In the Way
Sunday morning was fantastic, complete with some wonderful worship led by the New Life Singers and the Exaltation Choir and Orchestra, followed by an excellent and encouraging message from our own Jay Ramer.
In his sermon, Jay shared a story from his team’s recent mission trip to Colorado.
As the church and mission team gathered for a block party one evening, a few team members went next door to visit a neighbor who had proven difficult for the church—the only church in town—to reach.
This resident’s main contention rested with the church building itself, which she disliked simply for the fact that the two-story structure partially blocked her view of the picturesque Rocky Mountains.
That resentment had made it challenging for the church to establish a relationship, but a simple invitation from someone new seemed to soften her heart. (If you know Brenda Wolfley, Sheryl Rudolph and Nancy Steward, you can understand the effectiveness of their invitations.)
This neighbor finally gave in and chose to attend the block party. She began to have a good time, engaged in conversation, ate the meal prepared by the team and even laughed together with those around her. The barriers came down a little, even if only for that night.
For more than two decades, a barrier (both physical and relational) had remained between the church and its neighbors, and it took a special event to begin to break that roadblock down even a little. The church was in the way, and it didn’t even know it.
Which leads us to the question: Isn’t that the way the church should be—in the way?
While we would never want to be a barrier for people or annoy them with our presence, there is something to be said for being “in the way” so that people who don’t know Jesus will at least have to adjust course to “get around” the people who are pointing to Him.
We don’t intend to prevent people from seeing and responding to Christ, but we do hope to get their attention. That won’t happen well if we just step in their way with a sandwich board that says something like: “Ha! Jesus is gonna get you! Stop and meet Him today!”
It works best when we walk with them, lead the way and invite them to open their eyes and hearts to truly see and experience Jesus.
The modern age is one of distraction. Screens and sounds and activities can easily drown out even the most important things and people in our lives. We struggle to pay attention. To listen. To truly be present.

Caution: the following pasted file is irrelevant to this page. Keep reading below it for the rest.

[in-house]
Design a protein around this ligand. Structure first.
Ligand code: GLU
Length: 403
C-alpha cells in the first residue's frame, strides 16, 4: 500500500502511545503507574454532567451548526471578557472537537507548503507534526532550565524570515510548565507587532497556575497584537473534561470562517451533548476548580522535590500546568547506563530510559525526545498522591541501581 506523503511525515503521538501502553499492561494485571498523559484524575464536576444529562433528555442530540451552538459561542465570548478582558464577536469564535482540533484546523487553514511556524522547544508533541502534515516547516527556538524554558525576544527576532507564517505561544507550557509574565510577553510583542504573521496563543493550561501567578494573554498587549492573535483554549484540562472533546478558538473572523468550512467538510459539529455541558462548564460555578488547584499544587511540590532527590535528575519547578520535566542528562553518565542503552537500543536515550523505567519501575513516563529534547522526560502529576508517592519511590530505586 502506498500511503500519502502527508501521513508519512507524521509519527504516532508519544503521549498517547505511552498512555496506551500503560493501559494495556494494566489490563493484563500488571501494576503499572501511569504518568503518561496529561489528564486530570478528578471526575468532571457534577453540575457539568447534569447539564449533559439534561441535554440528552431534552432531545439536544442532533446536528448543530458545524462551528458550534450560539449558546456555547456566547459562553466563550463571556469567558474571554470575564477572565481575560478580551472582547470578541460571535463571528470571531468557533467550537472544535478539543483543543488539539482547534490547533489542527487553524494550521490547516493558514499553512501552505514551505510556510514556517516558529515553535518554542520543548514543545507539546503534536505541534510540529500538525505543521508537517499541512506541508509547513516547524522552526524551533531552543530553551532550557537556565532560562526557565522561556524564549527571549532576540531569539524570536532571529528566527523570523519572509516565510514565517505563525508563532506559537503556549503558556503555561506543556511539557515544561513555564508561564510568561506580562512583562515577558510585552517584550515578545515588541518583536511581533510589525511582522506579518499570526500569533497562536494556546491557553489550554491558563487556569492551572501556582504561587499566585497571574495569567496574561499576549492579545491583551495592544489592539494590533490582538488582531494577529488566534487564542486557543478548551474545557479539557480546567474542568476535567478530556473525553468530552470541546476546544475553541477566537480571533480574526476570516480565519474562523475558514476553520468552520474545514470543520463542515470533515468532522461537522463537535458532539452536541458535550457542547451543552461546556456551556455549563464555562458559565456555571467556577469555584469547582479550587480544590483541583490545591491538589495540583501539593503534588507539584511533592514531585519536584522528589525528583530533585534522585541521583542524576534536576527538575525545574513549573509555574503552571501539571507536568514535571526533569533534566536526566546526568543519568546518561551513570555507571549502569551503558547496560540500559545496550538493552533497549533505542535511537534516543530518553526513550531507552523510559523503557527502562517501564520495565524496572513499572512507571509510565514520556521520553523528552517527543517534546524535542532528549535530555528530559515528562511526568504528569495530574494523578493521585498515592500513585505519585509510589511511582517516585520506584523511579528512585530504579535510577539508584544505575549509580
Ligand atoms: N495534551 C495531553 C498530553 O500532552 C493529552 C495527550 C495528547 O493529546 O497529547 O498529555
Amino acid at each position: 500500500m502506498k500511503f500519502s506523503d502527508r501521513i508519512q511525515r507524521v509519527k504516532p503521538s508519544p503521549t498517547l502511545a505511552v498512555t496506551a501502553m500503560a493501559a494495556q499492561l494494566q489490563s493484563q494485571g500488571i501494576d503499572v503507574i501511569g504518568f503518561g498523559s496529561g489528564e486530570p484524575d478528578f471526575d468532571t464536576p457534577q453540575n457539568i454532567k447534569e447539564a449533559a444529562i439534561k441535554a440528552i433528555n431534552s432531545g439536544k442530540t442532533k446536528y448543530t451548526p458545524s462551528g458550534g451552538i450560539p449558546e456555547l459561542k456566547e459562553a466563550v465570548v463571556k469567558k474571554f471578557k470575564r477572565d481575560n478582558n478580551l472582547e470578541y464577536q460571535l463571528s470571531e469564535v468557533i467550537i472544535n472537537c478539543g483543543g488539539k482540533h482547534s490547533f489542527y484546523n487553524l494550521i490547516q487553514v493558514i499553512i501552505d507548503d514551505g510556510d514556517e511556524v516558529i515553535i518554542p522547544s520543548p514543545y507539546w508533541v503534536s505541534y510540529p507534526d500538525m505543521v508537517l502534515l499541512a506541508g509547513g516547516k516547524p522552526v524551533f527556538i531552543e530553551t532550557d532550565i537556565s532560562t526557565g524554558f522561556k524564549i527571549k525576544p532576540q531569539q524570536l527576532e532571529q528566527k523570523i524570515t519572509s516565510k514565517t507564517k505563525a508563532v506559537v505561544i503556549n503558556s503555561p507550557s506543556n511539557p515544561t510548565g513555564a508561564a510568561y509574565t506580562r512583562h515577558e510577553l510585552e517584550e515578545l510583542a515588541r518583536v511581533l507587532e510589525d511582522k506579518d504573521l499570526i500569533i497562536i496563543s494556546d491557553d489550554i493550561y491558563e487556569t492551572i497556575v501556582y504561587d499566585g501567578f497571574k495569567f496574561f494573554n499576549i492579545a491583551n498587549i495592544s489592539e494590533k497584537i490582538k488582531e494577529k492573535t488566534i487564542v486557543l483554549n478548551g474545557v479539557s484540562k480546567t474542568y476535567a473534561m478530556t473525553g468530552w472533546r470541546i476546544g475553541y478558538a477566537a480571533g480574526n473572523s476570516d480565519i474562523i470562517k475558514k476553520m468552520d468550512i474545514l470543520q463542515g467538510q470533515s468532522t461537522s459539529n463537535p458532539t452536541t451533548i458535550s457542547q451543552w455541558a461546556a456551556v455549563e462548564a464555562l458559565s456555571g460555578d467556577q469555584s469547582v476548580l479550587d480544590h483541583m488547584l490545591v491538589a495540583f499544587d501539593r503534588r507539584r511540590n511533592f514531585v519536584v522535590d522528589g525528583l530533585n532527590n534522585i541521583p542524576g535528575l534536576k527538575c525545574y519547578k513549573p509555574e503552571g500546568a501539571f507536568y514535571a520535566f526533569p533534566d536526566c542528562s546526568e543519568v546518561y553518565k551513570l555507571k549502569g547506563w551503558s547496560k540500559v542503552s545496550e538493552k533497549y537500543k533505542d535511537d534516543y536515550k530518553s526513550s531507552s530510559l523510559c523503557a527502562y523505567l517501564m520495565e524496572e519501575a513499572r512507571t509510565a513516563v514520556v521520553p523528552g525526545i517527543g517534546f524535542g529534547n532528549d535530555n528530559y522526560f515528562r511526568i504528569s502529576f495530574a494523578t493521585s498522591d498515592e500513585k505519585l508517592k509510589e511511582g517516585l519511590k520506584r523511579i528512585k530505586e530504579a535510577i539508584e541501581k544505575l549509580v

We won’t want to be a distraction from Jesus. Plenty of options compete for their interest and attention. But we do want to be “in the way” so that people are forced into a decision to respond to Him or deliberately adjust course in avoidance.
It may lead to a few awkward conversations and even some relational tension, but we believe Jesus is worth the risk and that there is grace for us even in the awkward.
Charles Spurgeon, the famous 19th Century preacher, illustrated perhaps the ultimate picture of the church being “in the way” of those rushing headlong toward destruction:
“If sinners be damned, at least let them leap to Hell over our dead bodies. And if they perish, let them perish with our arms wrapped about their knees, imploring them to stay. If Hell must be filled, let it be filled in the teeth of our exertions, and let not one go unwarned and unprayed for.”
The church is supposed to be “in the way”—declaring the truth of the Word of God and warning sinners of the end their path will lead them to. We do this by pointing them to Jesus, by praying fervently for their salvation and by pleading with them to repent and believe the gospel.
And when transformation happens through the work of the Spirit in their lives, we develop them as disciples of Jesus and help them learn what it means to follow Him.
Though the mission team invested almost an entire week in Colorado and ministered to many in the community, we will see if this softened heart gives way to the gospel. We will pray that God will do the miraculous through this church that continues to be “in the way”.
And Meadowood will continue to strive to be a church that stands in the way of those on the path to destruction.
That is the mission God has called us to.
So, let's be in the way.